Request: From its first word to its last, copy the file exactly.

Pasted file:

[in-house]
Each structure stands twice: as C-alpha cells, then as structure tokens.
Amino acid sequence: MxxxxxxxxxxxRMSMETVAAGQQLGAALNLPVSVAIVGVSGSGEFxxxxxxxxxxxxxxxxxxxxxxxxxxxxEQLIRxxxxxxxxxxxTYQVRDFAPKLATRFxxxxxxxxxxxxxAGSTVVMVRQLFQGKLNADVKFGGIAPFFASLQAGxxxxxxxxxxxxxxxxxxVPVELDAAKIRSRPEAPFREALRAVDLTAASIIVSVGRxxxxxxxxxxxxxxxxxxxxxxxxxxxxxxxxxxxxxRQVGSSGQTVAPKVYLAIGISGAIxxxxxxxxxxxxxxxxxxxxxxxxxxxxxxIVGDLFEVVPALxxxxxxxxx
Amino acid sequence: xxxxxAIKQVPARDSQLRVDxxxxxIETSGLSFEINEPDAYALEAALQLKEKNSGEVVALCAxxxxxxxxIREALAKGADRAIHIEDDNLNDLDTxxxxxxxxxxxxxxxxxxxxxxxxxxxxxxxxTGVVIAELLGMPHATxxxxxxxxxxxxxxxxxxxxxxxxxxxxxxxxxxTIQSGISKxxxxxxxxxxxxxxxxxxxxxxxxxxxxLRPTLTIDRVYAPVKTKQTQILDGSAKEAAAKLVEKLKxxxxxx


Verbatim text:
[in-house]
Each structure stands twice: as C-alpha cells, then as structure tokens.
Amino acid sequence: MxxxxxxxxxxxRMSMETVAAGQQLGAALNLPVSVAIVGVSGSGEFxxxxxxxxxxxxxxxxxxxxxxxxxxxxEQLIRxxxxxxxxxxxTYQVRDFAPKLATRFxxxxxxxxxxxxxAGSTVVMVRQLFQGKLNADVKFGGIAPFFASLQAGxxxxxxxxxxxxxxxxxxVPVELDAAKIRSRPEAPFREALRAVDLTAASIIVSVGRxxxxxxxxxxxxxxxxxxxxxxxxxxxxxxxxxxxxxRQVGSSGQTVAPKVYLAIGISGAIxxxxxxxxxxxxxxxxxxxxxxxxxxxxxxIVGDLFEVVPALxxxxxxxxx
Amino acid sequence: xxxxxAIKQVPARDSQLRVDxxxxxIETSGLSFEINEPDAYALEAALQLKEKNSGEVVALCAxxxxxxxxIREALAKGADRAIHIEDDNLNDLDTxxxxxxxxxxxxxxxxxxxxxxxxxxxxxxxxTGVVIAELLGMPHATxxxxxxxxxxxxxxxxxxxxxxxxxxxxxxxxxxTIQSGISKxxxxxxxxxxxxxxxxxxxxxxxxxxxxLRPTLTIDRVYAPVKTKQTQILDGSAKEAAAKLVEKLKxxxxxx